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Saturday 11th September 2021


— Bricks
What is nature? What is sex? What do the rich tapestry of sexual desires have to do with biology, if anything?
price: Headfirst Tickets


TIMES: 16:30-18:30

Vix Williams (Slime Time), Vala Biggart (NHS), Dani Wijesinghe (International Neuropsychoanalytic Association). Chair: Monty FitzGerald / Rhodri Karim

Being LGBTQ+ can often pose a barrier to travelling, but a pandemic summer staycation on TERF island isn't so appealing either. In the face of the increasing use of “bad science” by British conservatives to naturalise hierarchies, justify their rejection of our communities, and increasingly limit our access to vital healthcare, here our three brave gayfaring panelists don their white coats to revisit some classical questions whose answers are so often relied upon by those who seek to exclude queer and trans people: What is nature? What is sex? What do the rich tapestry of sexual desires have to do with biology, if anything?

Vix Williams (she/they/slug) is a Bristol based artist working with interactive installation, costume, and the visual arts. Taking inspiration from the Leopard Slug—a genderqueer dichotomy-challenging animal that owns both male/female genitalia, and stands as a perfect metaphor for understanding gender and sexuality—nature, science, and sci-fi amalgamate in Vix's artwork, exemplified by the evolution of their installation Slime Time over the last 6 years.

Vala Biggart (she/her) is an NHS Trainee Clinical Biochemist and LGBT activist based in London. From her critical position as an LGBT woman in STEM, Vala will be discussing the ongoing research into inequalities between genders in healthcare, and how sexism in healthcare and sexism in science interrelate.

Dani Wijesinghe (they/them) is an independent researcher and member of the International Neuropsychoanalytic Association, whose research focuses on the relationship between psychoanalysis and the life sciences. They have previously written on neuroplasticity, gender, sexuation, early years education, and autism.

All tickets to both our physical and online screenings are available through Headfirst via our website, or at the Bricks Bristol Box Office during the film festival. Tickets for most events are on a sliding scale of £2, £4, £6 or £8. Choose what to pay based on your circumstances. We ask that you be honest with yourself about your financial situation. This allows us to provide financial flexibility to those who need it most and makes PIFF affordable to more people alongside sustaining the festival and supporting queer filmmakers. If you have any questions about what you should pay, please get in touch via info@palacefilmfest.org or ask one of our volunteers on the day. Free tickets are available too, just email / message us and there will be no questions asked.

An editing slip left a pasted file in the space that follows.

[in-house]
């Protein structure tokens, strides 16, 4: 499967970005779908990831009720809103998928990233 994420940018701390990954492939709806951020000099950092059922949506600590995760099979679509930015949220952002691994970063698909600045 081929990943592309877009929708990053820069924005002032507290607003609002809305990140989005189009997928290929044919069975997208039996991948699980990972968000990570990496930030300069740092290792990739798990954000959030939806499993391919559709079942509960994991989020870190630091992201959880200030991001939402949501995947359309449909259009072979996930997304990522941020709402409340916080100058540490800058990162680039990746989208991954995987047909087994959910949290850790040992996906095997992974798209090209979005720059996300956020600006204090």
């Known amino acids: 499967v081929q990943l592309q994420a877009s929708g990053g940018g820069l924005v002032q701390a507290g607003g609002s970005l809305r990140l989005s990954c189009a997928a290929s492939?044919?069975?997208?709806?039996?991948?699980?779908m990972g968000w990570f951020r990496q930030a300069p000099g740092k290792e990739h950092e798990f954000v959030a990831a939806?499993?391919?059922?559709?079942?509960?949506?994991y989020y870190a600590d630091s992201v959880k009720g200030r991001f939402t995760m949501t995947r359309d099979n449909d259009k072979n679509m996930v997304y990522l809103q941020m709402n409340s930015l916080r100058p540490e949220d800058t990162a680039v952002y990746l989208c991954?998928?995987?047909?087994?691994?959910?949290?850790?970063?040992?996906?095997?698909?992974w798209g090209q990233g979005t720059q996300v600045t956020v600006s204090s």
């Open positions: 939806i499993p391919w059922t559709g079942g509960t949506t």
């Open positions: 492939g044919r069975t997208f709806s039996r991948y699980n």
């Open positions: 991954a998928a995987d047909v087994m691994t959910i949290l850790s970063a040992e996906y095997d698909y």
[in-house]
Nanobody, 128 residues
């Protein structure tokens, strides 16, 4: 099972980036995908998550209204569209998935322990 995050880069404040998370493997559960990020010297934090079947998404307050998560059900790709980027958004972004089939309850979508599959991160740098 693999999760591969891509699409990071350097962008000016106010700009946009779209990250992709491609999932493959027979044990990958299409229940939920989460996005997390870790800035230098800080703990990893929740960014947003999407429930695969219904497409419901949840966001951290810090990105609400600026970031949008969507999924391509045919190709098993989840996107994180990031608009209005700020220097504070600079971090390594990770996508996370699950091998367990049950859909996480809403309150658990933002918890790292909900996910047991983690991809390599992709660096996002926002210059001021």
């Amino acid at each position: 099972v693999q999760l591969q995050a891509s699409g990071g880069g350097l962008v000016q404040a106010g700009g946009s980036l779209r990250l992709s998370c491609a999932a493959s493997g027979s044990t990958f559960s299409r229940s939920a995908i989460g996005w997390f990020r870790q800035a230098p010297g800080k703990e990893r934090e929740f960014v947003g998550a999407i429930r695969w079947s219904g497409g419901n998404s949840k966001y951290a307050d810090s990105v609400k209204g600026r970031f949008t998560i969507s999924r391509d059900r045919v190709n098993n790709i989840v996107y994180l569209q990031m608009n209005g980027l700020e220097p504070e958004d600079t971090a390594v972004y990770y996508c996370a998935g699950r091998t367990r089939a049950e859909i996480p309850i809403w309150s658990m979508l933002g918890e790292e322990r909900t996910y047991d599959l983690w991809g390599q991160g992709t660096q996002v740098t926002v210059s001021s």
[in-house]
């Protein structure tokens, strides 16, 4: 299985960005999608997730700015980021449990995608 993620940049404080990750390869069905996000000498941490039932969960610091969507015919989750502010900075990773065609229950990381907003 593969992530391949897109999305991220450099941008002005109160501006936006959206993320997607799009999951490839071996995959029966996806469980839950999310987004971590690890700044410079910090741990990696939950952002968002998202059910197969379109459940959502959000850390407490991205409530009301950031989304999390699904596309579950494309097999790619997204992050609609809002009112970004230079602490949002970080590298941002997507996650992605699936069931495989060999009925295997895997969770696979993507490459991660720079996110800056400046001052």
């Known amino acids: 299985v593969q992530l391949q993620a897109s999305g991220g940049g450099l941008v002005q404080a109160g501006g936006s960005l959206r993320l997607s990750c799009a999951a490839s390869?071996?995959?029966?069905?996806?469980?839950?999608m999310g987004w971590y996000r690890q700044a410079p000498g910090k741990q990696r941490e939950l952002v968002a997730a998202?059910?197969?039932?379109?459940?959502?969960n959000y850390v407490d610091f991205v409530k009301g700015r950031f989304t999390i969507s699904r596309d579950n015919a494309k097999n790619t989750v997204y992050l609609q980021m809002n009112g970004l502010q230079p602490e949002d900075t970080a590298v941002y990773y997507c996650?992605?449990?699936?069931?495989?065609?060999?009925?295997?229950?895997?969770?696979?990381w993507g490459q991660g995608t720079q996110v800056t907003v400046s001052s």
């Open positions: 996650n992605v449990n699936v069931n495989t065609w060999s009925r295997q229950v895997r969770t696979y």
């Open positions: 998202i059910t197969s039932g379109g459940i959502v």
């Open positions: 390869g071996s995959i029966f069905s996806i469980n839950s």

• I frequently stress about meeting basic* needs and don’t always achieve them.
• I have debt and it sometimes prohibits me from meeting my basic needs.
• I rent lower-end properties or have unstable housing.
• I sometimes can’t afford transport or petrol for my car.
• I am unemployed or underemployed.
• I qualify for government and/or voluntary assistance including: food banks and benefits.
• I have no access to savings.
• I have no or very limited expendable** income.
• I rarely buy new items because I am unable to afford them.
• I cannot afford a holiday or have the ability to take time off without financial burden.

£4 / £6
• I may stress about meeting my basic needs but still regularly achieve them.
• I may have some debt but it does not prohibit attainment of basic needs.
• I can afford public transport and I can afford petrol.
• I am employed.
• I have access to health care.
• I have some expendable income.
• I am able to buy some new items and I buy others second hand.
• I can take a holiday annually or every few years without financial burden.

• I am comfortably able to meet all of my basic needs.
• I may have some debt but it does not prohibit attainment of basic needs.
• I own my home or property or I rent a higherend property.
• I can afford public and private transport. If I have a car/access to a car I can afford petrol.
• I have regular access to healthcare.
• I have access to financial savings.
• I have an expendable** income.
• I can always buy new items.
• I can afford an annual holiday or take time off.

*BASIC NEEDS include food, housing, clothing and transportation.
**EXPENDABLE INCOME might mean you are able to buy coffee or tea at a shop, go to the cinema or a concert, buy new clothes, books and similar items each month, etc.

The Palace International Film Festival, Bristol’s annual LGBTQIA+ cinematic event, happening 8th – 12th September at Bricks in St Anne’s, will be showcasing 100+ queer shorts, feature films, performances, workshops, virtual reality and a film archive exhibition!


All events and screenings will take place at our new home, Bricks Bristol, located at St Anne's House.

Getting to Bricks:
- No. 36 Bus runs from Bristol City Centre to our front door every 30 minutes. First Bus 36 Timetable
- 20-minute walk from Lawrence Hill train station (via Feeder Road)
- 8-minute cycle ride from Bristol Temple Meads station (via Feeder Road). Get to BTM by Ferry, Bus or Train.
- Car park access, though active travel is encouraged where possible.



- The film festival will be fully accessible.
- There is an accessible toilet on the ground floor.
- To discuss any access requirements/ check set up or opening time questions email stannes@bricksbristol.org or phone 07709 264 201.


If you have purchased an online ticket, we will also be screening our short programme & Q&A's across The Cube Player portal. The details will be sent via an online ticket link.

Find out more about The Palace International Film Festival from our website: www.palacefilmfest.org

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